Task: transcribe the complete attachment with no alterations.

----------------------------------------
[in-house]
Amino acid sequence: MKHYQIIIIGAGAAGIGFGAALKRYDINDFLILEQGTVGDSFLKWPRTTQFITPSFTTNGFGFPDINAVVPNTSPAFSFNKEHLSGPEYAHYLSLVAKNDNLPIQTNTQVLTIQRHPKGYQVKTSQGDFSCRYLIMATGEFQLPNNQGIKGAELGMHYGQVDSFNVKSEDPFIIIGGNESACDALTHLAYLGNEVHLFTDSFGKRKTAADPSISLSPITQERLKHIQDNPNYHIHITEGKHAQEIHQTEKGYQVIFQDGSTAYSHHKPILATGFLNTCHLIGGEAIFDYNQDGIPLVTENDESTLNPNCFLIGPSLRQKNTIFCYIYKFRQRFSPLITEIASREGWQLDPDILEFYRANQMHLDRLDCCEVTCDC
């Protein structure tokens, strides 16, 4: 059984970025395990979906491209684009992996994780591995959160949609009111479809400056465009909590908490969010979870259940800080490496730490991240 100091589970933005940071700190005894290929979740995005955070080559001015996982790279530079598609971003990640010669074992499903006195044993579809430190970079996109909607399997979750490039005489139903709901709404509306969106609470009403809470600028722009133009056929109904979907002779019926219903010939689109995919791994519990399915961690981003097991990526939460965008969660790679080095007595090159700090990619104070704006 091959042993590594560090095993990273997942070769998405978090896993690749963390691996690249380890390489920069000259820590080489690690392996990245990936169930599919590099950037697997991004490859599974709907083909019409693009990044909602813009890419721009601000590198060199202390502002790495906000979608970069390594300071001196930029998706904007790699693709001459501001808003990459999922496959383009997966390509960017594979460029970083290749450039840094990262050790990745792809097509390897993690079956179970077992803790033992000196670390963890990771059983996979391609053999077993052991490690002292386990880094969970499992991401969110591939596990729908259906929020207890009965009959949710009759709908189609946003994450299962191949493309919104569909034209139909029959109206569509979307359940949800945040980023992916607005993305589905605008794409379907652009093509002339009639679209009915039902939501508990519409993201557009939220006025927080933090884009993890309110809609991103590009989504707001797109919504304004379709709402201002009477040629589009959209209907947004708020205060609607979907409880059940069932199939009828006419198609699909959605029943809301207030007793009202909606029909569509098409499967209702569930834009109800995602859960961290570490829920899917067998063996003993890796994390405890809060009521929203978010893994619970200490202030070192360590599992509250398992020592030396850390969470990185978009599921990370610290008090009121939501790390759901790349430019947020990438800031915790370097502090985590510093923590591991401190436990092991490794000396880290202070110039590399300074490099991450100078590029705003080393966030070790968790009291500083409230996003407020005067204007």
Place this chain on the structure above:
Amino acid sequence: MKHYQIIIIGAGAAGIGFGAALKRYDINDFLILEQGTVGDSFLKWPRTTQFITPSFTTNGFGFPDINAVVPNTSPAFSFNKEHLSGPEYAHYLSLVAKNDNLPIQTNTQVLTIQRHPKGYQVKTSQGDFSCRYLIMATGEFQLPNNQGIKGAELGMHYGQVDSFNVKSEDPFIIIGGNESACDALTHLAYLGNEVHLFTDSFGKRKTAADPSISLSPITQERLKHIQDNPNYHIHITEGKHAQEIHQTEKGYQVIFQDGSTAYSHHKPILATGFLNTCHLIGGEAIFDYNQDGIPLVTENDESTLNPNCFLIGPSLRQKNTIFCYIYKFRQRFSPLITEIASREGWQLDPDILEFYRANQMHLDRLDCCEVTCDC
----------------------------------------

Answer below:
[in-house]
Amino acid sequence: MKHYQIIIIGAGAAGIGFGAALKRYDINDFLILEQGTVGDSFLKWPRTTQFITPSFTTNGFGFPDINAVVPNTSPAFSFNKEHLSGPEYAHYLSLVAKNDNLPIQTNTQVLTIQRHPKGYQVKTSQGDFSCRYLIMATGEFQLPNNQGIKGAELGMHYGQVDSFNVKSEDPFIIIGGNESACDALTHLAYLGNEVHLFTDSFGKRKTAADPSISLSPITQERLKHIQDNPNYHIHITEGKHAQEIHQTEKGYQVIFQDGSTAYSHHKPILATGFLNTCHLIGGEAIFDYNQDGIPLVTENDESTLNPNCFLIGPSLRQKNTIFCYIYKFRQRFSPLITEIASREGWQLDPDILEFYRANQMHLDRLDCCEVTCDC
């Protein structure tokens, strides 16, 4: 059984970025395990979906491209684009992996994780591995959160949609009111479809400056465009909590908490969010979870259940800080490496730490991240 100091589970933005940071700190005894290929979740995005955070080559001015996982790279530079598609971003990640010669074992499903006195044993579809430190970079996109909607399997979750490039005489139903709901709404509306969106609470009403809470600028722009133009056929109904979907002779019926219903010939689109995919791994519990399915961690981003097991990526939460965008969660790679080095007595090159700090990619104070704006 091959042993590594560090095993990273997942070769998405978090896993690749963390691996690249380890390489920069000259820590080489690690392996990245990936169930599919590099950037697997991004490859599974709907083909019409693009990044909602813009890419721009601000590198060199202390502002790495906000979608970069390594300071001196930029998706904007790699693709001459501001808003990459999922496959383009997966390509960017594979460029970083290749450039840094990262050790990745792809097509390897993690079956179970077992803790033992000196670390963890990771059983996979391609053999077993052991490690002292386990880094969970499992991401969110591939596990729908259906929020207890009965009959949710009759709908189609946003994450299962191949493309919104569909034209139909029959109206569509979307359940949800945040980023992916607005993305589905605008794409379907652009093509002339009639679209009915039902939501508990519409993201557009939220006025927080933090884009993890309110809609991103590009989504707001797109919504304004379709709402201002009477040629589009959209209907947004708020205060609607979907409880059940069932199939009828006419198609699909959605029943809301207030007793009202909606029909569509098409499967209702569930834009109800995602859960961290570490829920899917067998063996003993890796994390405890809060009521929203978010893994619970200490202030070192360590599992509250398992020592030396850390969470990185978009599921990370610290008090009121939501790390759901790349430019947020990438800031915790370097502090985590510093923590591991401190436990092991490794000396880290202070110039590399300074490099991450100078590029705003080393966030070790968790009291500083409230996003407020005067204007």
Place this chain on the structure above:
Amino acid sequence: MKHYQIIIIGAGAAGIGFGAALKRYDINDFLILEQGTVGDSFLKWPRTTQFITPSFTTNGFGFPDINAVVPNTSPAFSFNKEHLSGPEYAHYLSLVAKNDNLPIQTNTQVLTIQRHPKGYQVKTSQGDFSCRYLIMATGEFQLPNNQGIKGAELGMHYGQVDSFNVKSEDPFIIIGGNESACDALTHLAYLGNEVHLFTDSFGKRKTAADPSISLSPITQERLKHIQDNPNYHIHITEGKHAQEIHQTEKGYQVIFQDGSTAYSHHKPILATGFLNTCHLIGGEAIFDYNQDGIPLVTENDESTLNPNCFLIGPSLRQKNTIFCYIYKFRQRFSPLITEIASREGWQLDPDILEFYRANQMHLDRLDCCEVTCDC